Freezing and melting are generally regarded as symmetrical phase transitions. The presence of a crystal surface, however breaks this symmetry and melting generally starts there or at inner surfaces like grain boundaries. In colloidal solids melting may also be induced by shear. Only if melting were a symmetrically inverse process to crystallization, it would occur by activated homogenous nucleation at small meta-stability in a mechanically unloaded bulk crystal. Colloidal model crystals may offer the unique opportunity to study such melting from within, as there the heat transport by the suspending solvent is decoupled from particle motion. Given a suitable model system with well controlled interactions, a variation of temperature or interaction strength can be attempted without the need for a mechanical disturbance. Recently, the group of J. Yamanaka succeeded in designing a thermosensitive system of charged colloidal spheres with absorbing ionic surfactant.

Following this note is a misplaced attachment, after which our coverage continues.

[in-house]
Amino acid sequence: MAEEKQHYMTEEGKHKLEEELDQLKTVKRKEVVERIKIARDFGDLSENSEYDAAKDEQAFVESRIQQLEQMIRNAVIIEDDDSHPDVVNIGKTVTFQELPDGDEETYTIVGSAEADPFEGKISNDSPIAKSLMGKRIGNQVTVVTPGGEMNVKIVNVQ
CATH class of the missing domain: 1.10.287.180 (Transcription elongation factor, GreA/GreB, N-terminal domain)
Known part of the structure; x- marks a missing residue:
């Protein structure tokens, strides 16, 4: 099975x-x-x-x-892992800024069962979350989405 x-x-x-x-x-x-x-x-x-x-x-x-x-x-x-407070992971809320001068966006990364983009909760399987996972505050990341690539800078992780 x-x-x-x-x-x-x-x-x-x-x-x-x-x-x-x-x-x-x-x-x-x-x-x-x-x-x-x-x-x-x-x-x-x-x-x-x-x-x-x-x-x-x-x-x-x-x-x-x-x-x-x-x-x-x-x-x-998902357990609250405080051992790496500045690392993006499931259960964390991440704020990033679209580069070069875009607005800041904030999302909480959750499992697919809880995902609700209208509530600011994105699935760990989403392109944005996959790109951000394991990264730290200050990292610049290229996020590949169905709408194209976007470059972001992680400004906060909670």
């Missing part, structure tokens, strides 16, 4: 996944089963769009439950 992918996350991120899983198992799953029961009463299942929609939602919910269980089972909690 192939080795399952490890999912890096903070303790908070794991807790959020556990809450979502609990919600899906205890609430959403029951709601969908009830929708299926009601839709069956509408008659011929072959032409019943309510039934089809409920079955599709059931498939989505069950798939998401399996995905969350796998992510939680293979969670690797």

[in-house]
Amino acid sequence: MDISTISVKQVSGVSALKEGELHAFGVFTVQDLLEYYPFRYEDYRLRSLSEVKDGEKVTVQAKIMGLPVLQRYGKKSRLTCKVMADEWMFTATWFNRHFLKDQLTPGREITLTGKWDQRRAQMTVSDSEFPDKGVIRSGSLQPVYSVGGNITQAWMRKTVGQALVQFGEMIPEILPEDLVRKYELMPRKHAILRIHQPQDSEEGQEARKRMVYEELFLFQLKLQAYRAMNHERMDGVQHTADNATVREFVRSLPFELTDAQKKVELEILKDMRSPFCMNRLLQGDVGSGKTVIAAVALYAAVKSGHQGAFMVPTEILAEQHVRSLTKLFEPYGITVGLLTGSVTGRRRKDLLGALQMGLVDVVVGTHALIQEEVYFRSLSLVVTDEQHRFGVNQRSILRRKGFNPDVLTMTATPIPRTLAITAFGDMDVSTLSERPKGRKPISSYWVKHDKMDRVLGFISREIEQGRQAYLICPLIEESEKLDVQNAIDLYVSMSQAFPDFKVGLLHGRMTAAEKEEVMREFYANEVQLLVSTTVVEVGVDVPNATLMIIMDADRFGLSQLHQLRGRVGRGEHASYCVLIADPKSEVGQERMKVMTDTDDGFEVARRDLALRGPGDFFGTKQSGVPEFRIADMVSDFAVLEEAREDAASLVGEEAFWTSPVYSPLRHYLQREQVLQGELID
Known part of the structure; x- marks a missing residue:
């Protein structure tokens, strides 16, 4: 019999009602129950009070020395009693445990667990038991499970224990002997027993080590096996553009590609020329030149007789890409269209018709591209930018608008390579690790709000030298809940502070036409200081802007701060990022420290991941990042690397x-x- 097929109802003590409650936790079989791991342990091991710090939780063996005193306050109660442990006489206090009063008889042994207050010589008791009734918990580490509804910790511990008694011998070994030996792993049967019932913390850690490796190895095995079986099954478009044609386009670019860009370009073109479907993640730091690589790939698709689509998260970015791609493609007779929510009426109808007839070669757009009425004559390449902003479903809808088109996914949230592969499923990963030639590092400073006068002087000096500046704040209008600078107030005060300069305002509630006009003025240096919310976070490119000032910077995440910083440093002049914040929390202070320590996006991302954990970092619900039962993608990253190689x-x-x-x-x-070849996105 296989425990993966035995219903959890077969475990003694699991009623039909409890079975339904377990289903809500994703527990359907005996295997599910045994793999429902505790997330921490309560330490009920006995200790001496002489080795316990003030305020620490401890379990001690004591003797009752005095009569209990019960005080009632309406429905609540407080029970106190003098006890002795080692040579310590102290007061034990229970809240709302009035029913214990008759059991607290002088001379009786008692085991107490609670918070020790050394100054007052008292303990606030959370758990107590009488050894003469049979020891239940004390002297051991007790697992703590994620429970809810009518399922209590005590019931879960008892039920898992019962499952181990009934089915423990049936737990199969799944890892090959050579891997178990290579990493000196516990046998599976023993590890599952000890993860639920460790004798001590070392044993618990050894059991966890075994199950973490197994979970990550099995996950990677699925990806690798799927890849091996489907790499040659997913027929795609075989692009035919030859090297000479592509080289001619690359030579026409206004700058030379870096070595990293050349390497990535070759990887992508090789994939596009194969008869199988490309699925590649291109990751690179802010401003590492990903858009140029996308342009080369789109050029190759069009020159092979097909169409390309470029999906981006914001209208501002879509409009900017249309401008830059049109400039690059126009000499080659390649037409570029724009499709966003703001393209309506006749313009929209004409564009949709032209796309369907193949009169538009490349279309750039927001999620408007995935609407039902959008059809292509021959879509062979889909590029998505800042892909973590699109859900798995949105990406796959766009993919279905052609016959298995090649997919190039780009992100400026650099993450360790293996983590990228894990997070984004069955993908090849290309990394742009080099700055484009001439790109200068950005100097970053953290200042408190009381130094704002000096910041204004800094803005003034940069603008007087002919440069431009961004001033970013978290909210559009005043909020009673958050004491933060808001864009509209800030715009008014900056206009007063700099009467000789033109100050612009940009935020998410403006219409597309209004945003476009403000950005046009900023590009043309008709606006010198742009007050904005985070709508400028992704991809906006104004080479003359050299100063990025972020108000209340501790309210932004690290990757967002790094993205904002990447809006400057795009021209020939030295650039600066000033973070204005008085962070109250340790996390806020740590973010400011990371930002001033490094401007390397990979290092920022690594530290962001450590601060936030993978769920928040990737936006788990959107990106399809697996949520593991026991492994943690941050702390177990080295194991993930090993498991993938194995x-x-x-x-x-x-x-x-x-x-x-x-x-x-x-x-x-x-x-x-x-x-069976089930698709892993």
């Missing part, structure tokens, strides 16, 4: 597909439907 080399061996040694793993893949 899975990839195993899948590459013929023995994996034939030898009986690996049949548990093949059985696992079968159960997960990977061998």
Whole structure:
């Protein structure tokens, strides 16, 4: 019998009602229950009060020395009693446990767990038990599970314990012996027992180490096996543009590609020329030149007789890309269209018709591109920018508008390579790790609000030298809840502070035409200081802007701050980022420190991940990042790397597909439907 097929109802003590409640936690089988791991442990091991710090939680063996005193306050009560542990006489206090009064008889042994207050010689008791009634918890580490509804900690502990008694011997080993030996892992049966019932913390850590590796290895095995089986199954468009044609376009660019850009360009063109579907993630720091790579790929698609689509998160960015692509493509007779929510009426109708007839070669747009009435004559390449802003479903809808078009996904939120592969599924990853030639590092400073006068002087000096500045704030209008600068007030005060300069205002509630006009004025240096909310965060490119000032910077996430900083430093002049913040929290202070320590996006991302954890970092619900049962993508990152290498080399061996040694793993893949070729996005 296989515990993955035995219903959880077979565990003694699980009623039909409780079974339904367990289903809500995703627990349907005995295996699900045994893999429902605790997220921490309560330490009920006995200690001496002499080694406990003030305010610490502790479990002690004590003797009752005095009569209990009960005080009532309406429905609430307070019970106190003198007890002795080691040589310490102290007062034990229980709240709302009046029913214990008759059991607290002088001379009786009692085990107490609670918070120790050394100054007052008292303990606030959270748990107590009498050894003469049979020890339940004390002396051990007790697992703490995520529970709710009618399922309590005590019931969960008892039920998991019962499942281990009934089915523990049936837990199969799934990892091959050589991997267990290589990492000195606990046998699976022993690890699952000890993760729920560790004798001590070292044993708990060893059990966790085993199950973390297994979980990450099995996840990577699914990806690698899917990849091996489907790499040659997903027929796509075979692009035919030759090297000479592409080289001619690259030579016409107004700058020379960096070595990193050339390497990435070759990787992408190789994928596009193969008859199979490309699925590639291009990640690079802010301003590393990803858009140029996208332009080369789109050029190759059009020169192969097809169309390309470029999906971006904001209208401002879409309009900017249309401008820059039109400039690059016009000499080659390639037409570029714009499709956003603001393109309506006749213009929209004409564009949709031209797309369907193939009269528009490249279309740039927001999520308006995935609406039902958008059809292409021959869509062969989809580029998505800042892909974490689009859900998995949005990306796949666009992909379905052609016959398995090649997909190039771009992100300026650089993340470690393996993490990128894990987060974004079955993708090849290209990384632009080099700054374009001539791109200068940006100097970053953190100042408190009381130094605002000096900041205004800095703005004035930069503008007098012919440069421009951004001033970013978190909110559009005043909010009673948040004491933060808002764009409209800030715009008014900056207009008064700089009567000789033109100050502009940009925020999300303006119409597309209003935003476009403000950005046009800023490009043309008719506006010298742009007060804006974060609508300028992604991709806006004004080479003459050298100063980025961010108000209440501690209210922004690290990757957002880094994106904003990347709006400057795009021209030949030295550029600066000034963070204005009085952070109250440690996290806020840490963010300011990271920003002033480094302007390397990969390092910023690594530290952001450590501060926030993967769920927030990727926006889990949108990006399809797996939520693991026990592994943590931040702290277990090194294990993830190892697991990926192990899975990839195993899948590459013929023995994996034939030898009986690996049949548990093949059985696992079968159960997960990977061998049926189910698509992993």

Phase_giagram_122 Surfactant_melting

At low temperatures the surfactant tends to adsorb on surfaces, thus the ion concentration in the liquid medium is decreased while the colloidal charge is increased. At high temperature the situation is inverted. Due to the larger ion concentration and lower surface charge, the initially formed colloidal crystals melt. (Langmuir 31,13303-13311 (2015))

An alternative approach is the use of a eutectic mixture, prepared as substitutional bcc alloy undergoing simultaneous phase separation, melting and recrystallization of the majority component. The image shows this process as observable with Dynamic Differential Microscopy.

DDM